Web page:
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I'm having so much trouble with this and any help would be great.

I have a simple table in Oracle 10 that looks like this

Name | EmployeeID |  ManagerID | Title

I need a query to return all reports for a given employee ID

So if I pass it employee ID of 1000 it will loop through the direct reports and then indirect reports etc.

I've messed with the recursion samples, but none seem to work for me. I know I'm just not setting it up right. Thanks for any help.

FYI. I'm looking for a SQL query on this.

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Are you trying to write a SQL query that returns the data? Or are you trying to write a PL/SQL procedure that, for example, prints the data using recursion? –  Justin Cave Apr 11 '12 at 20:10
    
Just a plain SQL query –  jdross Apr 11 '12 at 20:11
    
And where/what are "reports"? Are they rows in the table above, or there is another table you haven't shown us yet? Also, what is "direct" - direct parent or direct child? –  Branko Dimitrijevic Apr 11 '12 at 20:50
    
Sorry, when I was saying direct reports I was referring to each employee has their manager in their the manager ID field –  jdross Apr 11 '12 at 20:53
    
So "report" is "subordinate"? –  Branko Dimitrijevic Apr 11 '12 at 20:55

2 Answers 2

up vote 2 down vote accepted

First, let's setup the test data...

CREATE TABLE EMPLOYEE (
    EMPLOYEE_ID INT PRIMARY KEY,
    MANAGER_ID INT,
    NAME VARCHAR2(20),
    TITLE VARCHAR2(20),
    FOREIGN KEY (MANAGER_ID) REFERENCES EMPLOYEE (EMPLOYEE_ID)
);

INSERT INTO EMPLOYEE(EMPLOYEE_ID, NAME, TITLE) VALUES (1, 'Rob', 'CEO');
    INSERT INTO EMPLOYEE VALUES (2, 1, 'Bob', 'Manager');
        INSERT INTO EMPLOYEE VALUES (3, 2, 'Matilda', 'Secretary');
    INSERT INTO EMPLOYEE VALUES (4, 1, 'Steve', 'Manager');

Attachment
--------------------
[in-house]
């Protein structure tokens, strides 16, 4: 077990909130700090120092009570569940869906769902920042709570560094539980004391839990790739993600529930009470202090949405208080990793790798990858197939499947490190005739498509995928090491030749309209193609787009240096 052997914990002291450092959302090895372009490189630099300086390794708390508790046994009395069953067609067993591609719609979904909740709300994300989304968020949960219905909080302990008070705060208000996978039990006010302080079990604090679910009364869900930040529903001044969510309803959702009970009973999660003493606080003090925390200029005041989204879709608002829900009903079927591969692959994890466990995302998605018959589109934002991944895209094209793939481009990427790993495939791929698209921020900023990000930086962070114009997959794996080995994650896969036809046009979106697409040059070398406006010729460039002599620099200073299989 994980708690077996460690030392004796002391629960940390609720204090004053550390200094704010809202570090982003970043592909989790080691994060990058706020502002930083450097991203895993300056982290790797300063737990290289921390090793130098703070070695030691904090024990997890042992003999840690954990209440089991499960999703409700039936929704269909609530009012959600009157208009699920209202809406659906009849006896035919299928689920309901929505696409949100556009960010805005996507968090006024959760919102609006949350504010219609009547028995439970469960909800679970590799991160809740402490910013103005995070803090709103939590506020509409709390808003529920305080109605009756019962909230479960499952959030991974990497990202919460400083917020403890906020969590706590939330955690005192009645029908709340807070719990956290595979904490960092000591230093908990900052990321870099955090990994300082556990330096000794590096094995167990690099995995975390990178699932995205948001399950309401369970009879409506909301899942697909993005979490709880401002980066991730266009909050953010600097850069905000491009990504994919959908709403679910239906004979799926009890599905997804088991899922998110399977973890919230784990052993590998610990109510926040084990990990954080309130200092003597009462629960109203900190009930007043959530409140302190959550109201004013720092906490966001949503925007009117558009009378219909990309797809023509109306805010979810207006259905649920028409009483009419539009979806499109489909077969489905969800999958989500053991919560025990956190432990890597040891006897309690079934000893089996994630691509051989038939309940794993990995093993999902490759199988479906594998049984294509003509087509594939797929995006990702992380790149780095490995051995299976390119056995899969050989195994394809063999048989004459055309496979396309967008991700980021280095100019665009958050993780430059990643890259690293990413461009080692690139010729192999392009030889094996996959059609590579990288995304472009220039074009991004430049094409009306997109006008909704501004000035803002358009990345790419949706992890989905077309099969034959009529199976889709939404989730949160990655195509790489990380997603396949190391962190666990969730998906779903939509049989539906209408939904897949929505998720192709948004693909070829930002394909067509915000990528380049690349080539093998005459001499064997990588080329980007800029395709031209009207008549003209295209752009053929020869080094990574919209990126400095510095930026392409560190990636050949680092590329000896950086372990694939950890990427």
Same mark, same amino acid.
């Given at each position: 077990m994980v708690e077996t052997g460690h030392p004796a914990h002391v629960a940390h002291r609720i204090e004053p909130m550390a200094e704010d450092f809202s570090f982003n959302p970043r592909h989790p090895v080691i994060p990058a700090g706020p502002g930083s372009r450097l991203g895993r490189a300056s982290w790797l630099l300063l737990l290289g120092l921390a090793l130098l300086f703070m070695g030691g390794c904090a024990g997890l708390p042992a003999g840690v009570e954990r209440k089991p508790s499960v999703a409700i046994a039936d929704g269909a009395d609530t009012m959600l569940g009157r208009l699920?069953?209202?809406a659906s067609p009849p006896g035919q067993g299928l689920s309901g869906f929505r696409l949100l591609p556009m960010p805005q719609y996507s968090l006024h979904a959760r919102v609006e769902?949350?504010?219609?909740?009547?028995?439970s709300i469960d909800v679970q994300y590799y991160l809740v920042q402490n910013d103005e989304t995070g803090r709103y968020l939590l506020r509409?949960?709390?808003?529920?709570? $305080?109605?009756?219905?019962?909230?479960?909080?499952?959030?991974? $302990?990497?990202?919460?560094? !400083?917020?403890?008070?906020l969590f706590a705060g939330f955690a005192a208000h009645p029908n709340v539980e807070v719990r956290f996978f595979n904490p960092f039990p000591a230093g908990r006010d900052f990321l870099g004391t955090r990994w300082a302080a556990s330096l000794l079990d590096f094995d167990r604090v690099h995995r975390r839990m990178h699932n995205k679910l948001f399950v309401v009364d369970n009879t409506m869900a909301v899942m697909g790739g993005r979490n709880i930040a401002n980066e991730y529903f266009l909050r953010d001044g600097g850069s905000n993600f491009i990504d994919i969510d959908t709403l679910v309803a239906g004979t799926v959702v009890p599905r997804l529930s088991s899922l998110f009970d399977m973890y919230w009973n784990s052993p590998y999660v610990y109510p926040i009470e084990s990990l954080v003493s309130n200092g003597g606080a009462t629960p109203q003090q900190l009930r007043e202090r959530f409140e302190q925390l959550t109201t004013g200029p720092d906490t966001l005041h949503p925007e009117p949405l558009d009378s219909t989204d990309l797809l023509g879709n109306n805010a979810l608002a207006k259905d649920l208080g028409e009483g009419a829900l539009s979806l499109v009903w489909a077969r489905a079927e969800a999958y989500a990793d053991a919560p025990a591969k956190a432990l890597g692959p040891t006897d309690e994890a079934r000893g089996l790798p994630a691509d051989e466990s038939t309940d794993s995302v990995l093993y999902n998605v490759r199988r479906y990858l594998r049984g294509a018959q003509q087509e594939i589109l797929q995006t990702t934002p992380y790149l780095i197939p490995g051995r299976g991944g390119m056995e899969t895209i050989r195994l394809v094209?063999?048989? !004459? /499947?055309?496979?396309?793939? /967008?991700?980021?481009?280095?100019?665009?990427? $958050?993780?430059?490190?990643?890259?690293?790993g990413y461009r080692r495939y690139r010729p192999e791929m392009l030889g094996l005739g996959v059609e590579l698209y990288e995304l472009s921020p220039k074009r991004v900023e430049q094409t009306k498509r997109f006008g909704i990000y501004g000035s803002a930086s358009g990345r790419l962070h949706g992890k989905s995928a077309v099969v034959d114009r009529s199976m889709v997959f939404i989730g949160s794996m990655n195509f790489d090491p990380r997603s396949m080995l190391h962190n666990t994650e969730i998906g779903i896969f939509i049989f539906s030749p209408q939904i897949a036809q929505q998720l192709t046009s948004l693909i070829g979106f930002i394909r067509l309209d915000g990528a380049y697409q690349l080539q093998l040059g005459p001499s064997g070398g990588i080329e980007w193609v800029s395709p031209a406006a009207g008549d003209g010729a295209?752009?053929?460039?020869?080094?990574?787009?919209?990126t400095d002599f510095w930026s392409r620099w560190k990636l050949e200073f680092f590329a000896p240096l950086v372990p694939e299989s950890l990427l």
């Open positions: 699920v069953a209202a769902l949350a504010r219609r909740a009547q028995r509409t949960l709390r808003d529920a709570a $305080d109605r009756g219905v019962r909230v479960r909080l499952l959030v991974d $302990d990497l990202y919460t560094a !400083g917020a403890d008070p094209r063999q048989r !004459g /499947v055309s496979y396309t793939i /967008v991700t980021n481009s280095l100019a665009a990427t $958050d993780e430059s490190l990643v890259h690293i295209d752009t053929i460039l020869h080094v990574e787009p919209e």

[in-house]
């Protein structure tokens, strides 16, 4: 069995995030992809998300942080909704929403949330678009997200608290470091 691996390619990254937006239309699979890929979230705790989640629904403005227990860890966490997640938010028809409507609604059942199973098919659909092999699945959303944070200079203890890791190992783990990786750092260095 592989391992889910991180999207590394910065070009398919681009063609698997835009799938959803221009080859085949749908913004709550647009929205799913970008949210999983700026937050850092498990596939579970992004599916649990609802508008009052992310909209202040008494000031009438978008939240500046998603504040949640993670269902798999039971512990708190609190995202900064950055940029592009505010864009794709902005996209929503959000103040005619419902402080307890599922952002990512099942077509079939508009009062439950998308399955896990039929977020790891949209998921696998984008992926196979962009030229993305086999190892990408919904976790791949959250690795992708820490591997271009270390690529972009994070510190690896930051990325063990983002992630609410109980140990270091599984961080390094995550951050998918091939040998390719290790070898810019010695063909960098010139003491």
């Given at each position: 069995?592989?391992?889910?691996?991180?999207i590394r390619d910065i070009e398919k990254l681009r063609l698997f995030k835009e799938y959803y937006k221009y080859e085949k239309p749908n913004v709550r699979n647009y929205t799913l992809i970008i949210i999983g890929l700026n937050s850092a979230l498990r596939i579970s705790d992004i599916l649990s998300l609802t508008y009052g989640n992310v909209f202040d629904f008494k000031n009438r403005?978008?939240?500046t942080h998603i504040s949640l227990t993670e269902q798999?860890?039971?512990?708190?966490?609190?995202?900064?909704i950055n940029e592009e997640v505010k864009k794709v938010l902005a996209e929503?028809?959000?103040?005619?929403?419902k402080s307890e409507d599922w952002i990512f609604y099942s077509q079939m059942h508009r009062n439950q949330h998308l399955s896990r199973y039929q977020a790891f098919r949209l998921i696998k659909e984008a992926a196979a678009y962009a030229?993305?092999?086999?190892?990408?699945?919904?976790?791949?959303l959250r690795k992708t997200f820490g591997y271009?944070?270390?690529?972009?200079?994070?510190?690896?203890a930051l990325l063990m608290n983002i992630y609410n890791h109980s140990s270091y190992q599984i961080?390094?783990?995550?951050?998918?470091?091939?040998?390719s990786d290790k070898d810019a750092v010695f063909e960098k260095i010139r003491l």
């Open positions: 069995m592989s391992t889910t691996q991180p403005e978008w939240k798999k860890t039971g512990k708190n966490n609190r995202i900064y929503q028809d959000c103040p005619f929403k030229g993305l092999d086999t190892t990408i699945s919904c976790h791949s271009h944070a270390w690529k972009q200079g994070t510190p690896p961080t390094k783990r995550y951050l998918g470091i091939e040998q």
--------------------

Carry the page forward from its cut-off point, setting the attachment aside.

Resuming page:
INSERT INTO EMPLOYEE VALUES (5, 4, 'John', 'Senior Worker');
            INSERT INTO EMPLOYEE VALUES (6, 5, 'Paul', 'Junior Worker');
        INSERT INTO EMPLOYEE VALUES (7, 4, 'Anny', 'Senior Worker');

The following query returns Steve and all of his subordinates recursively:

SELECT *
FROM EMPLOYEE
START WITH EMPLOYEE_ID = 4
CONNECT BY PRIOR EMPLOYEE_ID = MANAGER_ID;

EMPLOYEE_ID        MANAGER_ID         NAME                 TITLE                
------------------ ------------------ -------------------- -------------------- 
4                  1                  Steve                Manager              
5                  4                  John                 Senior Worker        
6                  5                  Paul                 Junior Worker        
7                  4                  Anny                 Senior Worker        

"Flipping" the PRIOR gives us Steve's superiors instead:

SELECT *
FROM EMPLOYEE
START WITH EMPLOYEE_ID = 4
CONNECT BY EMPLOYEE_ID = PRIOR MANAGER_ID;

EMPLOYEE_ID        MANAGER_ID         NAME                 TITLE                
------------------ ------------------ -------------------- -------------------- 
4                  1                  Steve                Manager              
1                                     Rob                  CEO                  
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Very nice Branko –  jdross Apr 11 '12 at 21:18

Something like this should work:

select lpad(' ', 2*(level-1)) || name as employeename
from employee_table
start with employeeid = 1000
connect by prior employeeid = managerid; 

The lpad() function is used to indent the results so you can see who reports to whom.

If you don't want employeeid 1000 included in the results, just change:

start with employeeid = 1000

to:

start with managerid = 1000
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